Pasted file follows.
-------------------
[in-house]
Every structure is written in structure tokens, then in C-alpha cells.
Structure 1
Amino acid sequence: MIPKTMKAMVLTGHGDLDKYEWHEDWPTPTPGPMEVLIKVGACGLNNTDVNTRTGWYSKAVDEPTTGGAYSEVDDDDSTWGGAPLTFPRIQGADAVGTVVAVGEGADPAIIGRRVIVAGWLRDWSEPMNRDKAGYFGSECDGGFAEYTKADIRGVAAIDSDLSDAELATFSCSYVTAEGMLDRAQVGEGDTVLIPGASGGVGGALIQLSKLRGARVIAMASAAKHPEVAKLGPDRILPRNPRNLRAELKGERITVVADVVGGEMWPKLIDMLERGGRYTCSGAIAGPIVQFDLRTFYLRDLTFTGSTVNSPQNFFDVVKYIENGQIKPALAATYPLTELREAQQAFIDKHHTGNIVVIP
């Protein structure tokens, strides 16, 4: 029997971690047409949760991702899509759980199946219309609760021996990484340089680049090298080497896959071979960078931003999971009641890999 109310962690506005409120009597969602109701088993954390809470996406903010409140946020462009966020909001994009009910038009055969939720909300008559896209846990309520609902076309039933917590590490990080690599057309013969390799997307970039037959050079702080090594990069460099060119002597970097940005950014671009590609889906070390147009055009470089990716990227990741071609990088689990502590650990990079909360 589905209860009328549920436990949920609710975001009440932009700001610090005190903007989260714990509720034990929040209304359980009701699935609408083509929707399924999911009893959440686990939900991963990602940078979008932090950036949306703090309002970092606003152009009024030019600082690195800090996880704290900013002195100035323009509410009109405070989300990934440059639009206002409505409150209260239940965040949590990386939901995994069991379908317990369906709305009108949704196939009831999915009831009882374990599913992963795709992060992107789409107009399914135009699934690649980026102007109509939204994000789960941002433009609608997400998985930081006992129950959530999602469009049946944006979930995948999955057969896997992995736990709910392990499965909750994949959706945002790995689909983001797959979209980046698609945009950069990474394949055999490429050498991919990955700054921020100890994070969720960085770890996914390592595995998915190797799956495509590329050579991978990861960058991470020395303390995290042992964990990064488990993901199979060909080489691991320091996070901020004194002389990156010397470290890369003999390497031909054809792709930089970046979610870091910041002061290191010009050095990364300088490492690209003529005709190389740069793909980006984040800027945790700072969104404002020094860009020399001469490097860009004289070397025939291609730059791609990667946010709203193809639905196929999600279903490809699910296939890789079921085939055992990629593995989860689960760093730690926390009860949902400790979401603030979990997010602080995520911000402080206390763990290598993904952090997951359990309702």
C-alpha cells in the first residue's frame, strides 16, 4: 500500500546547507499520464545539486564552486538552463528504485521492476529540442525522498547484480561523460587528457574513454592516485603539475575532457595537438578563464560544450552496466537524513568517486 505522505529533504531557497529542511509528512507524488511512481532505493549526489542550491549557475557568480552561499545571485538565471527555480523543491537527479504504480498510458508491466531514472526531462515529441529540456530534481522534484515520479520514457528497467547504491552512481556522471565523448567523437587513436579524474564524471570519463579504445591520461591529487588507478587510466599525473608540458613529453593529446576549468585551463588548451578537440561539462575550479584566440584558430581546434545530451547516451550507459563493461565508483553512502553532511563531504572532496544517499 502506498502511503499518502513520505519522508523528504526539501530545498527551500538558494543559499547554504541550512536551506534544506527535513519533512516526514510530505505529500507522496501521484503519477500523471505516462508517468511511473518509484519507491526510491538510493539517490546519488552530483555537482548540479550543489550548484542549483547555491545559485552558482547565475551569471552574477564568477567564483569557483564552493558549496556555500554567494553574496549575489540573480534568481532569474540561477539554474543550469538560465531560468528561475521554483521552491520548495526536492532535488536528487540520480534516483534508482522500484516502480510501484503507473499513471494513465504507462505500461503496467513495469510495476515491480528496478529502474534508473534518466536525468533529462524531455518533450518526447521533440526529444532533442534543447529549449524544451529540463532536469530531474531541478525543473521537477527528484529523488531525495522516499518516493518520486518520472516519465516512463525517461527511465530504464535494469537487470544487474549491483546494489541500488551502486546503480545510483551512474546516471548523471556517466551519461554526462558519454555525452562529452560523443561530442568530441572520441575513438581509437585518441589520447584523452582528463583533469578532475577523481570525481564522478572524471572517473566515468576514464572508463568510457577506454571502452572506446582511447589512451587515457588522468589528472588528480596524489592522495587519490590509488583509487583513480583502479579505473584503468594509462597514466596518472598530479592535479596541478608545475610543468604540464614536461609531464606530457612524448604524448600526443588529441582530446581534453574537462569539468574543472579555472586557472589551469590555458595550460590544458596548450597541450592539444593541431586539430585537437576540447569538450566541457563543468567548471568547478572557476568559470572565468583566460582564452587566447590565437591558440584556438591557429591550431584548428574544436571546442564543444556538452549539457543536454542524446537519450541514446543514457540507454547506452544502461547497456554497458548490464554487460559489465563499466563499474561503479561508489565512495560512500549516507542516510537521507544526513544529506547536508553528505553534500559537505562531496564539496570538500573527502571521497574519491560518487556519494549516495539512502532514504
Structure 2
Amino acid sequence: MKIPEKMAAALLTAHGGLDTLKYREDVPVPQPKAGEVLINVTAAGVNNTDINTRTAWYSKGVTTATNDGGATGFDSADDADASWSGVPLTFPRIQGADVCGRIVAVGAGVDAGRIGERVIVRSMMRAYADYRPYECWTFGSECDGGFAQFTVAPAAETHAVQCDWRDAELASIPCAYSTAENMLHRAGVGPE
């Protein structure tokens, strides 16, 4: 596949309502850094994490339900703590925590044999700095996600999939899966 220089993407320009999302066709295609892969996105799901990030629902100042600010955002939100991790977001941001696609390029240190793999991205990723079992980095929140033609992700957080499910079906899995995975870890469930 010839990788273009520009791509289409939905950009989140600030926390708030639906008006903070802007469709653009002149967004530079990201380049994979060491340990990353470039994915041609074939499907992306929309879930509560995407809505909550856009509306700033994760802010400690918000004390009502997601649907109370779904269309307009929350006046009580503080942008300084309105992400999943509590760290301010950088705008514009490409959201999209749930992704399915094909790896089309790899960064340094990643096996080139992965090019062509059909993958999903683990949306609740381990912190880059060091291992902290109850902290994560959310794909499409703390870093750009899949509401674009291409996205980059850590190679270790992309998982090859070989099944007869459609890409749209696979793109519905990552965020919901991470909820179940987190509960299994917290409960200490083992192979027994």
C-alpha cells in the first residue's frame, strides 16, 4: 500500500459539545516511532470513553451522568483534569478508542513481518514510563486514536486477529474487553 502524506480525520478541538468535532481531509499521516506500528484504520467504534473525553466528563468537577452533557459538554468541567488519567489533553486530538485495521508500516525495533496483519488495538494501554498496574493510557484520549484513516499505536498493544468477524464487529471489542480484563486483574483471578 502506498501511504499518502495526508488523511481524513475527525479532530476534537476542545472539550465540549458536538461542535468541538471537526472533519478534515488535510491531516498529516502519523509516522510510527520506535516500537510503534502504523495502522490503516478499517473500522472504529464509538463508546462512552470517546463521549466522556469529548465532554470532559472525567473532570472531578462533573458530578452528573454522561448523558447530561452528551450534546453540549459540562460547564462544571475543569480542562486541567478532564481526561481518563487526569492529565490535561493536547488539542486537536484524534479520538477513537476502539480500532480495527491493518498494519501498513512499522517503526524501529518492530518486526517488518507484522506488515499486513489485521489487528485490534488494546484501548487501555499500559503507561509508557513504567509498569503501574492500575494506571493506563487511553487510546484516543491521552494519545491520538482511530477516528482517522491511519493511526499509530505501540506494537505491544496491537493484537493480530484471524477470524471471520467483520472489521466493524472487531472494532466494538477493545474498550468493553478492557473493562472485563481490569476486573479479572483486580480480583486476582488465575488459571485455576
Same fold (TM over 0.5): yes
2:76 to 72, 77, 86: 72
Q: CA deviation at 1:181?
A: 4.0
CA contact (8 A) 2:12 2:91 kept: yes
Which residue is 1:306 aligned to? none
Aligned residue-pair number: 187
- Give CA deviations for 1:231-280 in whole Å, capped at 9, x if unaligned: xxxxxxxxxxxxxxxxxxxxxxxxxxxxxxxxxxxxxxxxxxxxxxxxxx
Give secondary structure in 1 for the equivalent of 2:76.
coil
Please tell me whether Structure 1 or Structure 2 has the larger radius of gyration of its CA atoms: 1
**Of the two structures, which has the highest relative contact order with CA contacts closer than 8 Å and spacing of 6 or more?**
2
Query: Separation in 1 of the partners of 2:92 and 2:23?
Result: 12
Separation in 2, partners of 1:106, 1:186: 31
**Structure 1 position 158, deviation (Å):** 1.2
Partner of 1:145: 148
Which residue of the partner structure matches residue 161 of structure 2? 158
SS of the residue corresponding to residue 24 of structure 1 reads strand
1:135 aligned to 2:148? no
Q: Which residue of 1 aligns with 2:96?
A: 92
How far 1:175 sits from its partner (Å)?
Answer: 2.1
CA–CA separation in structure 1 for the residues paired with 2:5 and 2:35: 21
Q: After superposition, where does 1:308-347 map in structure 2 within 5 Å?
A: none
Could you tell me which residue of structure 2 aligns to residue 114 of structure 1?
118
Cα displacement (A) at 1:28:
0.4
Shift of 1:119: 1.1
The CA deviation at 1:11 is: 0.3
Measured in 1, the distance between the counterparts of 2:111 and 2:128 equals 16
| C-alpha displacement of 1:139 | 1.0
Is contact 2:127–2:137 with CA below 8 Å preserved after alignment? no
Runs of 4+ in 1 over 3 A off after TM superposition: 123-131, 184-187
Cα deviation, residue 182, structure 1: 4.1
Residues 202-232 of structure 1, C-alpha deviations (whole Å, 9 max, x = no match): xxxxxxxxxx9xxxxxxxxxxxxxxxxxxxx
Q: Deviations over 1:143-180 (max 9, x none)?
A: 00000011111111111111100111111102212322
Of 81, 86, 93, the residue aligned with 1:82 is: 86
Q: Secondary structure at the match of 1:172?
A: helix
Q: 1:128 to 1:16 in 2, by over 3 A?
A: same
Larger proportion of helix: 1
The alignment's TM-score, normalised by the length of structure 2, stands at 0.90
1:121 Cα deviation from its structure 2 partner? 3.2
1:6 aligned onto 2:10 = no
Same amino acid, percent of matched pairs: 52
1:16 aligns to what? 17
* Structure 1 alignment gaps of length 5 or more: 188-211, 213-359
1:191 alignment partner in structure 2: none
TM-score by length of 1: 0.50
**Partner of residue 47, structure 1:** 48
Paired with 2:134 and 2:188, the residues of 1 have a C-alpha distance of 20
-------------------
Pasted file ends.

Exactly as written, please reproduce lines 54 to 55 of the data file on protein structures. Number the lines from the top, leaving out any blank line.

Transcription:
Q: Secondary structure at the match of 1:172?
A: helix